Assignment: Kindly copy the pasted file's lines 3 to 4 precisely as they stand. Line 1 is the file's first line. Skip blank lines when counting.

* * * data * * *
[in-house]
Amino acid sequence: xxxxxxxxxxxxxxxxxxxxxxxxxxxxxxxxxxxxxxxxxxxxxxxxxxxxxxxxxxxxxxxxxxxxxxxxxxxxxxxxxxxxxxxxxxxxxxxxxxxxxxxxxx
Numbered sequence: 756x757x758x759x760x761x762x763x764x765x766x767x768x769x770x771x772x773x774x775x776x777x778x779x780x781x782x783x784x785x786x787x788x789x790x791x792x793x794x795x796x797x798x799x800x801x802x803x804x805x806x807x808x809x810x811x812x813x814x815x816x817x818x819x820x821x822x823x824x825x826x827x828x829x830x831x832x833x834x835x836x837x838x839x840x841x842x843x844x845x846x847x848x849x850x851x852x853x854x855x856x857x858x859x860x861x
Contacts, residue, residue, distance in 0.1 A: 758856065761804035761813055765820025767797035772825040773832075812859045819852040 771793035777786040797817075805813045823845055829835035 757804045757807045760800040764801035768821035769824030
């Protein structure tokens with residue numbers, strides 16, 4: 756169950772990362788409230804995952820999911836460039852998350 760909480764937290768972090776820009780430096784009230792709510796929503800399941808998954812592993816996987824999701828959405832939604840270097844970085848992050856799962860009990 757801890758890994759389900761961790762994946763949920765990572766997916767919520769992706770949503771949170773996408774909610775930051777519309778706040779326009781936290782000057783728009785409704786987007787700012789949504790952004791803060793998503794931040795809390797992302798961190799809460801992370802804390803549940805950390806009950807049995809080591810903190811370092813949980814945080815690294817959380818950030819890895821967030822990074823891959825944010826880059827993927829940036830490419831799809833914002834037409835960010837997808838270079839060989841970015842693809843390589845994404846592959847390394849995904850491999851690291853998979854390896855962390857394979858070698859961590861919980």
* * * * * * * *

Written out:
Numbered sequence: 756x757x758x759x760x761x762x763x764x765x766x767x768x769x770x771x772x773x774x775x776x777x778x779x780x781x782x783x784x785x786x787x788x789x790x791x792x793x794x795x796x797x798x799x800x801x802x803x804x805x806x807x808x809x810x811x812x813x814x815x816x817x818x819x820x821x822x823x824x825x826x827x828x829x830x831x832x833x834x835x836x837x838x839x840x841x842x843x844x845x846x847x848x849x850x851x852x853x854x855x856x857x858x859x860x861x
Contacts, residue, residue, distance in 0.1 A: 758856065761804035761813055765820025767797035772825040773832075812859045819852040 771793035777786040797817075805813045823845055829835035 757804045757807045760800040764801035768821035769824030